Thursday, February 2, 2006

BETHLEHEM, West Bank — While Israelis struggle to come to terms with the election of Hamas in Palestinian elections last week, another group also is worried by the rise of the avowedly Islamist organization — the Christian Arab minority centered here in Jesus’ birthplace.

The Palestinian draft constitution of 2003 establishes Islam as the official religion while noting that Christianity will be “equally revered.” It also names Islamic Sharia law as “a major source for legislation.”

The secular Fatah government, which drafted the language, posed little threat to the estimated 30,000 Christians living in the West Bank and Gaza. But some are wondering whether Hamas will use the articles to make their daily lives more difficult.

“I know they are not Taliban,” said one Bethlehem mother of two, who did not want her name used. “But I wonder what they mean by ‘Islamic.’ We are Christian, we don’t want trouble.”

She said she does not want to wear a headscarf on the street, as many Christians in Iraq do for their own safety. And she cannot imagine having to “defend” the Christian holy sites.

Not all of Bethlehem’s Christians were unhappy to see the long-ruling Fatah party unseated by the militants of Hamas, who despite their harsh anti-Israeli rhetoric are more disciplined than Fatah.

Afram Shahin sells religious icons, olive-wood crosses and trinkets to the few tourists who wander past his gift shop in this picturesque but troubled town. He said he does not fear Hamas, but eagerly awaits its arrival as the new sheriff in town.

“Hamas will bring order, and I am ready,” said the Christian retailer, who has been robbed twice — once by Fatah-aligned gumen — and found the local police unresponsive.

In a hopeful sign yesterday, the top Hamas leader in Gaza, Mahmoud Zahar, offered militiamen to defend a Gaza church against threats by Fatah gunmen angered over the publication of controversial cartoons in Europe.

“You are our brothers,” Mr. Zahar told the Rev. Manuel Musallam during a visit to the Holy Family Church.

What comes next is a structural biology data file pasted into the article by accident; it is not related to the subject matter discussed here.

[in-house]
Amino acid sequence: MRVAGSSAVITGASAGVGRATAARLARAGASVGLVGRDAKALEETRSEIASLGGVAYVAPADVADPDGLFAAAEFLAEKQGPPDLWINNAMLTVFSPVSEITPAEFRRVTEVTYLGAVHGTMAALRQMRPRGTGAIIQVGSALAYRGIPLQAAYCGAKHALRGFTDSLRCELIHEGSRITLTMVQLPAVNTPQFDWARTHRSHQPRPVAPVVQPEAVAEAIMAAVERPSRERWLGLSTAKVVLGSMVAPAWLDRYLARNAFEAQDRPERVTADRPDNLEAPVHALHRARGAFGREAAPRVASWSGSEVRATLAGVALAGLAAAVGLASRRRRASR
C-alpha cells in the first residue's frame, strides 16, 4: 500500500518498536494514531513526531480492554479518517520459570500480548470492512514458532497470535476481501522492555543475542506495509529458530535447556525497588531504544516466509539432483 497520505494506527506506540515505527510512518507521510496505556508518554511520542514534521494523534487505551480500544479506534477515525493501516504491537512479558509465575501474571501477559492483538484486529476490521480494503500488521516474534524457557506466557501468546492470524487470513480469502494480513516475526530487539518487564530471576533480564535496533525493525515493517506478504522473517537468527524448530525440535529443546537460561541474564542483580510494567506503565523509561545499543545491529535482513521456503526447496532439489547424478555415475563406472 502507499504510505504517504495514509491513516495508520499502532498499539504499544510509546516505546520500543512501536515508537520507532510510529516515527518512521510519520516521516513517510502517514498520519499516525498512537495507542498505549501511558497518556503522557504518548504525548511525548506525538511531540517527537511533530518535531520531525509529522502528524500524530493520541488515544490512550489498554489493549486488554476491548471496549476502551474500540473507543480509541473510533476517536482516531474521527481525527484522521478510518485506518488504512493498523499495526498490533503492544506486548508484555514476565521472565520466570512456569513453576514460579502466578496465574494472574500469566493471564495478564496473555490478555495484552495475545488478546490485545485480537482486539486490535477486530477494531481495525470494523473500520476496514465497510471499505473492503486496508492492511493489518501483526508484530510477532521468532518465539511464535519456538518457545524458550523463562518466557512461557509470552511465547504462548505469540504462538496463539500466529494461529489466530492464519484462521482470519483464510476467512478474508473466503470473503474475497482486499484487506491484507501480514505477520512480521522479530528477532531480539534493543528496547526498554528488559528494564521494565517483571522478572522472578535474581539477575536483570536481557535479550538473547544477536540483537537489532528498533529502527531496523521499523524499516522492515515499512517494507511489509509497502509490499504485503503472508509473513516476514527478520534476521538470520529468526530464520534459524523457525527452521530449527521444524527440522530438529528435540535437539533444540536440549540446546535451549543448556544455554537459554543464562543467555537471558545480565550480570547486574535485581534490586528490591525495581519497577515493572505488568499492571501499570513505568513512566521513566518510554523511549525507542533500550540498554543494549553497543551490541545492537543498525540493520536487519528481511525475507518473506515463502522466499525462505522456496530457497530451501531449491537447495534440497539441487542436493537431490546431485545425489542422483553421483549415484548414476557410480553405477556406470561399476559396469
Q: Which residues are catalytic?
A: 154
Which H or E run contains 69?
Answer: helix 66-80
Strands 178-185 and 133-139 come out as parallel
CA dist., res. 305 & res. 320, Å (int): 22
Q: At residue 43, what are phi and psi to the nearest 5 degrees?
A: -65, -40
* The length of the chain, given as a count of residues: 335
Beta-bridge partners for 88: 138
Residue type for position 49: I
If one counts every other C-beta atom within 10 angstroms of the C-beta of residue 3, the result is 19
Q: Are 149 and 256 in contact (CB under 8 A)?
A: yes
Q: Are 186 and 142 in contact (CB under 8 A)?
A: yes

But others fear the rivalry between Fatah and Hamas will lead to shootouts and greater violence.

Mayor Victor Batarseh, a Catholic who was elected with Hamas’ endorsement seven months ago, acknowledged that he has no control over the Bethlehem police.

“They are like soldiers; they report to the Palestinian Authority Interior Ministry,” he said. “I would like for [the police] to impose the law.”

Dr. Batarseh, a former ear, nose and throat surgeon, said he has been reassuring Bethlehem’s Christians about Hamas’ intentions and the preservation of the “special character” of this historic town perched on steep slopes of olive trees and grape vines.

“There are groups putting rumors into the minds of Christians, that there will be registrations,” for example, said the mayor. “I say, ‘Don’t worry. Hamas has promised not to.’ ”

But there are those articles in the Palestinian constitution. And there is persistent talk about a tax, or “jeziya” that could leveled on second-class, or non-Muslim, citizens.

A Hamas member of the Bethlehem City Council, Hassan El-Masalmeh, told the Wall Street Journal in late December: “We in Hamas plan to implement this tax someday. We say it openly, everyone is welcome to Palestine but only if they agree to live under our rules.”

Time and circumstance have not been kind to the Christian-Arab community that has lived here since ancient times but sees its numbers dwindling.

As ancient iron church bells spread their call across the narrow cobblestone streets, scores of Christians streamed across Manger Square to the Church of the Nativity, one of the holiest sites in all Christendom.

There used to hundreds of worshippers on a crisp winter Sunday, and thousands during the Easter and Christmas seasons.

But today, there are almost no religious pilgrims and even fewer tourists. Only one-third of Bethlehem’s 30,000 residents are Christian.

Tourists who do make it the 15 miles from Jerusalem’s Old City rarely stay more an hour, said Bethlehem merchants, who blame security warnings and an Israeli military incursion in 2002.

Bethlehem is a town in trouble, its mayor acknowledged. Its residents are preyed upon by militias and a Fatah-affiliated mafia, and its municipal services are crippled by age and lack of maintenance.

Donors, he said, have long since halted aid because of Fatah’s unaccountability. Without foreign assistance, Dr. Batarseh said, he cannot clean the streets, improve garbage and waste-treatment facilities, upgrade the marketplace or control traffic in the narrow and winding streets.

“Mine are the problems of any mayor, just like [New York Mayor Michael] Bloomberg,” Dr. Batarseh said.

“My fear is that the international donors will cut us off again.”

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